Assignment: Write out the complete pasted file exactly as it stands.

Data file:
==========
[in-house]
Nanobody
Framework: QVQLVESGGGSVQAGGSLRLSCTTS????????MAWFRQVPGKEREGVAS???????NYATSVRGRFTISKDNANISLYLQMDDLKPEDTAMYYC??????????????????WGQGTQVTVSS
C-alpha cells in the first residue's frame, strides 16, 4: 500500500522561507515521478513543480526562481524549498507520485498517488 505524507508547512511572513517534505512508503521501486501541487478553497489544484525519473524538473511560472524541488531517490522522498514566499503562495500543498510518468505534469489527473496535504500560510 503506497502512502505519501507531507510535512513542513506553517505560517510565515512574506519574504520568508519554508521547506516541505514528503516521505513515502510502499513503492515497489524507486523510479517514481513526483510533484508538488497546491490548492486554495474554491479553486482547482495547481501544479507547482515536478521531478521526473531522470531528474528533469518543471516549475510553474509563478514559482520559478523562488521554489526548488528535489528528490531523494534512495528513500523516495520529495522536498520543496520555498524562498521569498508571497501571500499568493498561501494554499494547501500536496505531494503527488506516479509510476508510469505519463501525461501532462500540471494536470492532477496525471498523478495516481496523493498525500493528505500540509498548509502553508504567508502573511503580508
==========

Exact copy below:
[in-house]
Nanobody
Framework: QVQLVESGGGSVQAGGSLRLSCTTS????????MAWFRQVPGKEREGVAS???????NYATSVRGRFTISKDNANISLYLQMDDLKPEDTAMYYC??????????????????WGQGTQVTVSS
C-alpha cells in the first residue's frame, strides 16, 4: 500500500522561507515521478513543480526562481524549498507520485498517488 505524507508547512511572513517534505512508503521501486501541487478553497489544484525519473524538473511560472524541488531517490522522498514566499503562495500543498510518468505534469489527473496535504500560510 503506497502512502505519501507531507510535512513542513506553517505560517510565515512574506519574504520568508519554508521547506516541505514528503516521505513515502510502499513503492515497489524507486523510479517514481513526483510533484508538488497546491490548492486554495474554491479553486482547482495547481501544479507547482515536478521531478521526473531522470531528474528533469518543471516549475510553474509563478514559482520559478523562488521554489526548488528535489528528490531523494534512495528513500523516495520529495522536498520543496520555498524562498521569498508571497501571500499568493498561501494554499494547501500536496505531494503527488506516479509510476508510469505519463501525461501532462500540471494536470492532477496525471498523478495516481496523493498525500493528505500540509498548509502553508504567508502573511503580508